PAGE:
Challenger, for many years, had the best special education program in the juvenile system and the largest caseloads compared to peers across the county, so I learned to work with efficiency, while still covering all the bases. Major political changes began to occur starting in 2006. By 2008, darker clouds rolled in, which darkened further in the summer of 2009. Suddenly pot smoke wafted through classrooms, and kids were found with water bottles filled with vodka. Dangerous blood shed, drug use by minors and ongoing political stench created what appeared to be a perfect storm followed by numerous bad press releases. This wasn’t the Challenger I’d known for 10 years.
Out of the blue, authorities changed the regimented head call procedure and allowed the boys to go to the bathroom “at will,” creating mischief all day long as students disrupted learning constantly to go meet and pass drugs. I observed this in sharp contradistinction to my prior years of experience at Challenger Memorial Youth Center in Lancaster, California.
A student came to me pleading for help for a methamphetamine addiction because it was “available like candy” at his camp and he had “traded meals for it.” He reported that numerous drugs were available in the dorm and he could not get away from them.
Unable fight a war on drugs, the overall outrageous defiance, bloodshed, harm to staff and the sudden barrage of negative newspaper articles, I conducted a needs assessment to see what kids were interested in getting help. The response was high, and so I started an after school group, inviting volunteer speakers from the community. The sudden barrage of problems at Challenger Memorial Youth Center prompted me to begin a Relapse Prevention Program and to thereafter seek assistance from community non-profit organizations.
I had read Celeste Fremon’s next book entitled G-Dog and the Homeboys, the sequel to her first book, Father Greg and the Homeboys, and enjoyed the epilogue at the end which gave a 15 year longitudinal follow-up about some of the boys she had followed since her original book, showing what worked for gang intervention and how the stories of these lives evolved, with more then 50% success rates.
After working at Challenger so many years the sudden onset of violence and drug abuse made everything weirdly out of control. With so many out of control at Challenger, I visited Homeboy Industries, and met a young man who was running a counseling meeting and just happened to be a Challenger “alumni.” His face lit up as I smiled and asked him if he would come out to one of the six Los Angeles juvenile probation camps at Challenger to talk with some of the incarcerated boys. Having no car, the Homeboy agreed to visit by train a few weeks later, wearing his Homeboy hat and jacket. I happily picked him up at the train station and once at Challenger, the kids listened on the edge of their seats. They clearly respected and enjoyed the Homeboy’s visit, which was free, costing tax payers nothing, and he was overjoyed for the chance to share his story to Challenger students, especially since he was an alumni and even remembered some of his teachers who were still there.
On future visits, two Homeboy speakers would arrive by train so they wouldn’t have to travel alone, again wearing their Homeboy Industries T-Shirts. It always put a smile on my face to see them get off the train. These efforts were curtailed, however, by Los Angeles County Department of Juvenile Probation after about a year of successful speaking engagements at Challenger classrooms, which were designed to help the incarcerated boys. One reason given was that “evidence based programs with power point presentations” were needed, to which I responded, “These speakers are living evidence.”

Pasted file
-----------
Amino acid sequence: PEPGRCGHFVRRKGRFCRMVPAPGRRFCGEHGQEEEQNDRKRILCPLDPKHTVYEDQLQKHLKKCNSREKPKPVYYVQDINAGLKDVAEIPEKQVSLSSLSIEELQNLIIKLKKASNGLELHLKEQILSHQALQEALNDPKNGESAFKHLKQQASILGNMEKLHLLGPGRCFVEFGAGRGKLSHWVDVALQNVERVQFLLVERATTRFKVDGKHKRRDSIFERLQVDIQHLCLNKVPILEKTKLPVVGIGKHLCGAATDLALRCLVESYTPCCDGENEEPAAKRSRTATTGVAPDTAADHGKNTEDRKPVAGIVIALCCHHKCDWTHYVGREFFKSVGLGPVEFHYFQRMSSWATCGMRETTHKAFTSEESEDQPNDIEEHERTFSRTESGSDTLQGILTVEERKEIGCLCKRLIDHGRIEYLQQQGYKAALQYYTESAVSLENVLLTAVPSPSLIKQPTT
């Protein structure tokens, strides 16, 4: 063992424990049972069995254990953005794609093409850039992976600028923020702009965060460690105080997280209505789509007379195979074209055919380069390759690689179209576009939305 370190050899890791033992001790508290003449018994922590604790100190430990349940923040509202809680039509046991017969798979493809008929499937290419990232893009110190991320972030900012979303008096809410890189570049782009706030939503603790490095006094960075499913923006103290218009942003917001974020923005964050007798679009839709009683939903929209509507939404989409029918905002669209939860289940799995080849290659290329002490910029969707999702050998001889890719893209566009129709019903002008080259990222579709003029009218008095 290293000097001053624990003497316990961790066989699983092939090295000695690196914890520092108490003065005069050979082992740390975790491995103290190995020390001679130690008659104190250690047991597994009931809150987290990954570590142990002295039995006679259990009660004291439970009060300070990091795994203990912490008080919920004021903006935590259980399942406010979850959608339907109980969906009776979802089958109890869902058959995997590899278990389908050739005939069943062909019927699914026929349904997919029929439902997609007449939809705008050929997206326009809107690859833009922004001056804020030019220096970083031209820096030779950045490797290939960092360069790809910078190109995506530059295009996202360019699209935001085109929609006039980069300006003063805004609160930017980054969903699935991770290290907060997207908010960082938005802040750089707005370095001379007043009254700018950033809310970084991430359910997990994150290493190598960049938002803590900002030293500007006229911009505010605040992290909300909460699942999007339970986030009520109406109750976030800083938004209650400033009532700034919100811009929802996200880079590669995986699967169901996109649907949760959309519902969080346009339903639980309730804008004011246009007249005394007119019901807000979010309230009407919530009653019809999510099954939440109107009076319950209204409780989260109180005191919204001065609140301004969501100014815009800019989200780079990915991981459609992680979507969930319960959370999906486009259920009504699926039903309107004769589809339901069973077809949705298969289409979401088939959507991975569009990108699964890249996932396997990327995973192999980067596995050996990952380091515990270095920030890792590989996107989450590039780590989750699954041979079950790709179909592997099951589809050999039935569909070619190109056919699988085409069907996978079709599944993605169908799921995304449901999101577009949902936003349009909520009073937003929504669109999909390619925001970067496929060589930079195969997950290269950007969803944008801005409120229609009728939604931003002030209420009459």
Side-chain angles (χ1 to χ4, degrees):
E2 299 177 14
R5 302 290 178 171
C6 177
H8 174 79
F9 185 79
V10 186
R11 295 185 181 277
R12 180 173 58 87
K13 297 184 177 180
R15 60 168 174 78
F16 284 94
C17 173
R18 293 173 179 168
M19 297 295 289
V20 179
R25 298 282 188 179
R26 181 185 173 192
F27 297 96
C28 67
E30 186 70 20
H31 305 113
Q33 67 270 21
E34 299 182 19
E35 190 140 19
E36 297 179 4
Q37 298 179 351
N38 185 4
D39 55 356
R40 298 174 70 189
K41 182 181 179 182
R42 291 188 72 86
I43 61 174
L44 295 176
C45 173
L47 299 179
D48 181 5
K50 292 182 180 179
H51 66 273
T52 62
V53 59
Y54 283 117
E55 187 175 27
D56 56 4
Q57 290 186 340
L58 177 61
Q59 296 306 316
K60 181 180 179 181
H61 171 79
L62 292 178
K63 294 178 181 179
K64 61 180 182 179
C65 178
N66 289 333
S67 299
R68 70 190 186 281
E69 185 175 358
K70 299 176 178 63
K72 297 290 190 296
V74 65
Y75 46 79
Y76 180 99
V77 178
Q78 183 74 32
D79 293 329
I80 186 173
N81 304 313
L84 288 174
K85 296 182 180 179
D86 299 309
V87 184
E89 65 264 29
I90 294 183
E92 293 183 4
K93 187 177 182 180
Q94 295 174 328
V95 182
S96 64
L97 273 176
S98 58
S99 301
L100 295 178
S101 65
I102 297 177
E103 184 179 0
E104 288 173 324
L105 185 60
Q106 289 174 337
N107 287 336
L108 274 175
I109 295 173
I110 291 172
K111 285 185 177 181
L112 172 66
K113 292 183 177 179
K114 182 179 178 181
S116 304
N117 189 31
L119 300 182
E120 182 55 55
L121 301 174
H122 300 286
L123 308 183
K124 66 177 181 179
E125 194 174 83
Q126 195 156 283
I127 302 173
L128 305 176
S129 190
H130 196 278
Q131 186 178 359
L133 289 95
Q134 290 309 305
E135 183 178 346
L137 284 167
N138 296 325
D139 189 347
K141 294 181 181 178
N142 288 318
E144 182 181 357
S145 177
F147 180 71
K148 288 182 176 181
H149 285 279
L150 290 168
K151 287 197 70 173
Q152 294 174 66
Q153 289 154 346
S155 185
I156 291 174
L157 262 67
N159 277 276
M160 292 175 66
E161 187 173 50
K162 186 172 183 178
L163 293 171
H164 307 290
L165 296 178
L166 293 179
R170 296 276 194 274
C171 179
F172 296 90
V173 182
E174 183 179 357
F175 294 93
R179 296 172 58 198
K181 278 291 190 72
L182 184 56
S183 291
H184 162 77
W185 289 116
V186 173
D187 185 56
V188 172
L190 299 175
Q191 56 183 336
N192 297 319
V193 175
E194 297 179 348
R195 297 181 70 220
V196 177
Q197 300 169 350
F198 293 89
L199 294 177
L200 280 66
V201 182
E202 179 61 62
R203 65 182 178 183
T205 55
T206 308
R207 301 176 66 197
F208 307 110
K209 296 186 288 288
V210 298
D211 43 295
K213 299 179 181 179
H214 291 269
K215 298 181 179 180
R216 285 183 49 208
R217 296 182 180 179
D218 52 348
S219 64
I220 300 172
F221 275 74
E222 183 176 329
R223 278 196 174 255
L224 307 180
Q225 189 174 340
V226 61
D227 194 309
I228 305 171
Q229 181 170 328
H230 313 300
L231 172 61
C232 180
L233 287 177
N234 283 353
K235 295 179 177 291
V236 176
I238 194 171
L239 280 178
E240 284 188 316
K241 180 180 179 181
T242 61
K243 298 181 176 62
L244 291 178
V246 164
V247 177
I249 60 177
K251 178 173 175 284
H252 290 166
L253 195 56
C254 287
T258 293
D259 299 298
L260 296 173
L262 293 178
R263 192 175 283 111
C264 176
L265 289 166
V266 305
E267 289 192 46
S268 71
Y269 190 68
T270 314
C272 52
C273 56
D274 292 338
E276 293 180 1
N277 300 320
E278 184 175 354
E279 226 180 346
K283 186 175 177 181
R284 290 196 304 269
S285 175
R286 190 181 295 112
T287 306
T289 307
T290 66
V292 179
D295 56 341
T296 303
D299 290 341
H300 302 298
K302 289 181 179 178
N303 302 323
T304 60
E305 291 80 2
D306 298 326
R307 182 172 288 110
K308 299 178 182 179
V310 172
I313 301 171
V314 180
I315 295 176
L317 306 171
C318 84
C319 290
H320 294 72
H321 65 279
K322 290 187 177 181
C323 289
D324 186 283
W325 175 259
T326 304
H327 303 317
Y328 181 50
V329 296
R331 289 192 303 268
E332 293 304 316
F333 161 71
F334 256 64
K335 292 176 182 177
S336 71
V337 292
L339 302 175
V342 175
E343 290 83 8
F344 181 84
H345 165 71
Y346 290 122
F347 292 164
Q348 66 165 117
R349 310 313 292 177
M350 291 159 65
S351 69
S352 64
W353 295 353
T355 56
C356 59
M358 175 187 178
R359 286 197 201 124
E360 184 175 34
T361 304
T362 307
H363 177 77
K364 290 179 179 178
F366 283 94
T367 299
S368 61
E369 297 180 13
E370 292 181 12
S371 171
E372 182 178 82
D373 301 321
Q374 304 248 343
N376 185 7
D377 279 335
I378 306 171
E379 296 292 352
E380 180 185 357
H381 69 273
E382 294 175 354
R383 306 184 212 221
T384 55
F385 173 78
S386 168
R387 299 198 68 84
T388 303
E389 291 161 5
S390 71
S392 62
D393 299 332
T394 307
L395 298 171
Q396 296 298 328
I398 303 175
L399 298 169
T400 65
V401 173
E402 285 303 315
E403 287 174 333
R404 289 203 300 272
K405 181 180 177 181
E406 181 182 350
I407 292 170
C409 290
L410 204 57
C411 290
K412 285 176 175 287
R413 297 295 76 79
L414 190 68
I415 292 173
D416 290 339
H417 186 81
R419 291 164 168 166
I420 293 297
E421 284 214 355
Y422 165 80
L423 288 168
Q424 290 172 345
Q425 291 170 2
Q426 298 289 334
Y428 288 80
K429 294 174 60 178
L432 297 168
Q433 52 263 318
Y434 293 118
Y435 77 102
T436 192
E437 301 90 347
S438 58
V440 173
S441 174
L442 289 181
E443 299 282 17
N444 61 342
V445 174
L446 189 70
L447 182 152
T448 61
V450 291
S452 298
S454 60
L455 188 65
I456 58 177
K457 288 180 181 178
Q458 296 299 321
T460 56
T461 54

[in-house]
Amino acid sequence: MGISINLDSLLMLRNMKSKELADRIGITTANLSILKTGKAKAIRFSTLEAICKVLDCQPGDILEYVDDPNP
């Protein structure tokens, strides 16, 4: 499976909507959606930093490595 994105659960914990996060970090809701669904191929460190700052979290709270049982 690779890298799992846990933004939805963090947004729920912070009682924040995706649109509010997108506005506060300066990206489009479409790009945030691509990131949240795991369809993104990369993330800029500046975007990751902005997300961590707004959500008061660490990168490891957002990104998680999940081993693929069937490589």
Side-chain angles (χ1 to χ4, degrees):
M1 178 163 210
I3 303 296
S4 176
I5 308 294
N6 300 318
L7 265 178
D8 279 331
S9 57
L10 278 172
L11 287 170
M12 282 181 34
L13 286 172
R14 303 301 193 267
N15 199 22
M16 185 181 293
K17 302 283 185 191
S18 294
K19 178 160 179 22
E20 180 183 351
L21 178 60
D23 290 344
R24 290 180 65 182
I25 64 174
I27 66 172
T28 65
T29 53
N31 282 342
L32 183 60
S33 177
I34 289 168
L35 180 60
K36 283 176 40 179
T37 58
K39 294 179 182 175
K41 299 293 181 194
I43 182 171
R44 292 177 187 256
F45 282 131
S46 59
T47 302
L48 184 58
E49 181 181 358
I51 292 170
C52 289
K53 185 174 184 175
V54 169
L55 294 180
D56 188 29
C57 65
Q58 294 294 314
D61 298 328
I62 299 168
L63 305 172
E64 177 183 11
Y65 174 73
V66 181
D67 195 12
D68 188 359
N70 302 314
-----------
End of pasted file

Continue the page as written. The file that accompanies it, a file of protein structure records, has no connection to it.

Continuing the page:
I will always remember the faces of the boys as they listened to the stories told by the Homeboy Industies volunteers and other visitors who came to share how they overcame their proclivities which always led to incarceration. I believe that the seeds of wisdom planted by the guest speakers will remain, although, sadly, one of the Challenger boys in attendance at those meetings was found shot dead in a field shortly after he was release from the facility. That was a sad, but stark reality that often occurs with these kids. I’ll never forget his wide-eyed attentiveness and respect that he showed for the speakers from Homeboy Industries. Reports indicate that 75% of youth gang homicides in the state of California occur in Los Angeles County.
Homeboy Industries, the Homegirl Cafe, Homeboy Bakery, the Silk Screening shop and other programs at Homeboy Industries should not only be supported by the Los Angeles County Department of Probation and City of Los Angeles, but by citizens across the country. Miracles happen there and lives are changed. I urge you to donate to Homeboy Industries to help their work to continue. To find out how you can help toward the continuing work of Homeboy Industries, click HERE.
And if you love gala fund raiser events, Homeboy Industries celebrates its 25th Anniversary at Lo Maximo on April 27th, 2013.
News Update: At LAX, Homeboy Bakery just opened in Terminal 4! Be sure to visit for an assortment of freshly made bagels, baked goods, pastries, and deli sandwiches. Homeboy Bakery is among many social enterprises run by Father Greg Boyle, founder of the Homeboy Industries, a nonprofit outreach organization that gives hard-to-place men, women and teens an opportunity to work in a safe, supportive community while learning soft and concrete jobs skills.